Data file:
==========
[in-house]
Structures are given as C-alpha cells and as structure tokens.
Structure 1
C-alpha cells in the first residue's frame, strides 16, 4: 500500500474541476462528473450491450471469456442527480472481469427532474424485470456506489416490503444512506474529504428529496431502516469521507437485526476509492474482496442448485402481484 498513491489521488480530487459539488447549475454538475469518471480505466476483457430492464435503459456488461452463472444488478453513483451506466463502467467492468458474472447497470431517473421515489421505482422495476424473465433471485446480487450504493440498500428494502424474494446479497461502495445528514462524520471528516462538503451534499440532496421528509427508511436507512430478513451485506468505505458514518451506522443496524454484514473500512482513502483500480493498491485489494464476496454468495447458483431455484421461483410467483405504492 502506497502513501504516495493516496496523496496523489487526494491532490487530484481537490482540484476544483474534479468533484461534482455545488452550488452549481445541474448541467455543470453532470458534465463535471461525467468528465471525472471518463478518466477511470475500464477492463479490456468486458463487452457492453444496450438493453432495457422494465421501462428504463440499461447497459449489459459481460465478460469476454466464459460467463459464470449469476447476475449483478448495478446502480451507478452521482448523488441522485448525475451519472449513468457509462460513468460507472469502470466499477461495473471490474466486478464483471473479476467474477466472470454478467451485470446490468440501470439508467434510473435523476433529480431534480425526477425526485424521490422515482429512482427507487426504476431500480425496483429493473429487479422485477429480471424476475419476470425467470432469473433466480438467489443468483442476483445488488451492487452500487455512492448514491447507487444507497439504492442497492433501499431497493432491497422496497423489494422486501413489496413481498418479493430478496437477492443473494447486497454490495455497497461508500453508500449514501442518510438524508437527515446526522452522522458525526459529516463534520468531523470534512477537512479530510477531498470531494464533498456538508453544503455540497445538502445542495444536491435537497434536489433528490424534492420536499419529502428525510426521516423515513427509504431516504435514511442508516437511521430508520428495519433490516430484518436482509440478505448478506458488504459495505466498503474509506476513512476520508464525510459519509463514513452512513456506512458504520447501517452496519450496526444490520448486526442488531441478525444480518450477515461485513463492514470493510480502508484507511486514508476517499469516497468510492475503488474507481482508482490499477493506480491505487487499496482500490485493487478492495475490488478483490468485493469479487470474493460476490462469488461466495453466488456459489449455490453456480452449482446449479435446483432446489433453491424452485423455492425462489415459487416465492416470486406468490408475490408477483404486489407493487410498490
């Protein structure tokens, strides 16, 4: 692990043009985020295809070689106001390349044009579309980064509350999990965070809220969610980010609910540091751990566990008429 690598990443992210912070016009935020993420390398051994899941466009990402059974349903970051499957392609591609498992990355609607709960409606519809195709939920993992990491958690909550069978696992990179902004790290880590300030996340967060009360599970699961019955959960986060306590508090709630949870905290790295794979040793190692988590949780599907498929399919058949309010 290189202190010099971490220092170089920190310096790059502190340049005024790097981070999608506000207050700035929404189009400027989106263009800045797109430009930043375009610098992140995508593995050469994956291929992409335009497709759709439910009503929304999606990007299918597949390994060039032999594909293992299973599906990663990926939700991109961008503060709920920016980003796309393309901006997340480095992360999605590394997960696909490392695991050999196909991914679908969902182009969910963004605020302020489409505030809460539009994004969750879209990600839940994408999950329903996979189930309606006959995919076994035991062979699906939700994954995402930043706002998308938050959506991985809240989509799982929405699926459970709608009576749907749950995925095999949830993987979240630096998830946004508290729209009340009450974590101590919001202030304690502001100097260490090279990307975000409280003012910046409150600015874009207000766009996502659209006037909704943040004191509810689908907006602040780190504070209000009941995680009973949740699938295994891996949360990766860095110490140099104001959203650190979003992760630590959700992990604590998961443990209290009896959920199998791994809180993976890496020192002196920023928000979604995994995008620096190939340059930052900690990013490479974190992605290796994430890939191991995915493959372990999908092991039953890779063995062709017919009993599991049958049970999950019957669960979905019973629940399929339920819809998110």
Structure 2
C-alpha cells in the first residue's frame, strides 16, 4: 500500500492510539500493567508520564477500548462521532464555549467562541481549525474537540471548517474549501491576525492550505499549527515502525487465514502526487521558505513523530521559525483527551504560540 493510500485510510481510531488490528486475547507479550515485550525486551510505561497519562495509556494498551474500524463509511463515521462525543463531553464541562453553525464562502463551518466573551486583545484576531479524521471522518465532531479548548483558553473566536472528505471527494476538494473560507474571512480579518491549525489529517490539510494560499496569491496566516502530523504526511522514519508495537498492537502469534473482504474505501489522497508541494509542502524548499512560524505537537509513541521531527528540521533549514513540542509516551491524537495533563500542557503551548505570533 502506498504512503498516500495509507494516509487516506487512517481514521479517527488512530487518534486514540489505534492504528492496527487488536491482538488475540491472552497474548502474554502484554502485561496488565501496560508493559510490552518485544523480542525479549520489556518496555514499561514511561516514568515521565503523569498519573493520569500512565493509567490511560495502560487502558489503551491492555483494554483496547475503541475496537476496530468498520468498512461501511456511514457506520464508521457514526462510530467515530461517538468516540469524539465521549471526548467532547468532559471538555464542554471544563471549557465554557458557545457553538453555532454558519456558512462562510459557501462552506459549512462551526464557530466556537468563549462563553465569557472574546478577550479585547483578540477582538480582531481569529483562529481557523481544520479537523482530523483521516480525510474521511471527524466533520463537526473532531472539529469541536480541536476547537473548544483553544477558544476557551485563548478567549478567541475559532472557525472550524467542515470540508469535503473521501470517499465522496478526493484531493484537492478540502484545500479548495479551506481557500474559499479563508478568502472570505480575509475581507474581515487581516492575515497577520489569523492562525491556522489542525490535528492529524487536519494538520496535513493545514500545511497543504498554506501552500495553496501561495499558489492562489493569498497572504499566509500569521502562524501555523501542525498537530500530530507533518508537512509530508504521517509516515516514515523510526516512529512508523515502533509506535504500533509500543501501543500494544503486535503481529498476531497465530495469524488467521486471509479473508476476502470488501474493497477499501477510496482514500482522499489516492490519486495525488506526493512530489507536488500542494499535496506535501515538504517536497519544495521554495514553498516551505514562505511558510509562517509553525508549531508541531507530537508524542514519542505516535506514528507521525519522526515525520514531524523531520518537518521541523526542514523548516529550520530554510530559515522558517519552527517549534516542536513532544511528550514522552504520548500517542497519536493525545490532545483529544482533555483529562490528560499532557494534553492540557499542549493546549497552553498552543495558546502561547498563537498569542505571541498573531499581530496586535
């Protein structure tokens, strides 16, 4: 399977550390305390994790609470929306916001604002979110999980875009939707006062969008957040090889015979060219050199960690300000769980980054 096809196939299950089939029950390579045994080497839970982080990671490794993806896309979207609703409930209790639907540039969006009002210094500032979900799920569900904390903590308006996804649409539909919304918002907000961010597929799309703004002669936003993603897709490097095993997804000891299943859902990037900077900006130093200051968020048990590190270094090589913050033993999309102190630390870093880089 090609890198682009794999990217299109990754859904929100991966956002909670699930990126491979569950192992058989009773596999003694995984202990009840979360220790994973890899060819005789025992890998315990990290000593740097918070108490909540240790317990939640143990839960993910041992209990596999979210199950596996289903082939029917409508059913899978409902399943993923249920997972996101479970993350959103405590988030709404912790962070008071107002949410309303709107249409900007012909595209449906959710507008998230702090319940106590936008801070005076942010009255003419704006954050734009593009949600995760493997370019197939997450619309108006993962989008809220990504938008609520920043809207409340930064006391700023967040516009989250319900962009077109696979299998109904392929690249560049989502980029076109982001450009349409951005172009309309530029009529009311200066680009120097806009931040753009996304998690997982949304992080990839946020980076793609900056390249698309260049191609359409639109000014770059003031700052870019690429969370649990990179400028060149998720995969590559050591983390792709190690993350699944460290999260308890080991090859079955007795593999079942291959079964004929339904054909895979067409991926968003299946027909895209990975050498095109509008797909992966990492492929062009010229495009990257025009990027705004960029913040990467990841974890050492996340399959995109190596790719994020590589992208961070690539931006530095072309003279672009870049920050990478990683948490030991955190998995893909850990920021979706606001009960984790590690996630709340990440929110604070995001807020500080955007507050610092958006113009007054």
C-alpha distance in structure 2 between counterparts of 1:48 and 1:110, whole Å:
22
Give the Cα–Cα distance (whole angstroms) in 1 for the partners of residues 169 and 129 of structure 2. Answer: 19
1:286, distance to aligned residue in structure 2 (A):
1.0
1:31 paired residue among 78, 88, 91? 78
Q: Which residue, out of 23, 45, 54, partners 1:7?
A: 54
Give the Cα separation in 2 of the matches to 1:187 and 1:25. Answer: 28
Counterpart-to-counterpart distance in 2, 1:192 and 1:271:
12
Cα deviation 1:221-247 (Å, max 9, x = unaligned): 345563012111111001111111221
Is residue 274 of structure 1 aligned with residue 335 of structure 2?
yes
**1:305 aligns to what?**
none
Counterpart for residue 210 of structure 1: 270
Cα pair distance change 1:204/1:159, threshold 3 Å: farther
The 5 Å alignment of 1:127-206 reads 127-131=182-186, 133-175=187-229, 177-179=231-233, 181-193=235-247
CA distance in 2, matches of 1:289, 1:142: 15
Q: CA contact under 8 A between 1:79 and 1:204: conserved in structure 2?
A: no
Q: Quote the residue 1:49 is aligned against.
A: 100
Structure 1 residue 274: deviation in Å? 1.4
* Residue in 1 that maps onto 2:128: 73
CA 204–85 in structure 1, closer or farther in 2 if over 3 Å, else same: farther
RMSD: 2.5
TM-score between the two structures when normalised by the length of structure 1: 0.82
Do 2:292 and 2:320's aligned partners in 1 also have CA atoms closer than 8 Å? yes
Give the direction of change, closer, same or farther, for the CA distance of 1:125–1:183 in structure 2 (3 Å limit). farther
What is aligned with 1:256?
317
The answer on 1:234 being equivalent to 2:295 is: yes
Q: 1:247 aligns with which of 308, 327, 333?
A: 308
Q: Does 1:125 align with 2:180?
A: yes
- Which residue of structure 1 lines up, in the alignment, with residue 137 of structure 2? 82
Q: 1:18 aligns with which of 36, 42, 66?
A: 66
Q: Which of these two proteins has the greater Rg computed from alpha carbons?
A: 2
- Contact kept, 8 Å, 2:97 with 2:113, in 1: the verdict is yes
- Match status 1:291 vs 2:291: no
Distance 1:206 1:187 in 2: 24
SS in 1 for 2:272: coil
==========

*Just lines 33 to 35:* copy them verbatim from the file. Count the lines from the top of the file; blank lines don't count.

Structure 1 residue 274: deviation in Å? 1.4
* Residue in 1 that maps onto 2:128: 73
CA 204–85 in structure 1, closer or farther in 2 if over 3 Å, else same: farther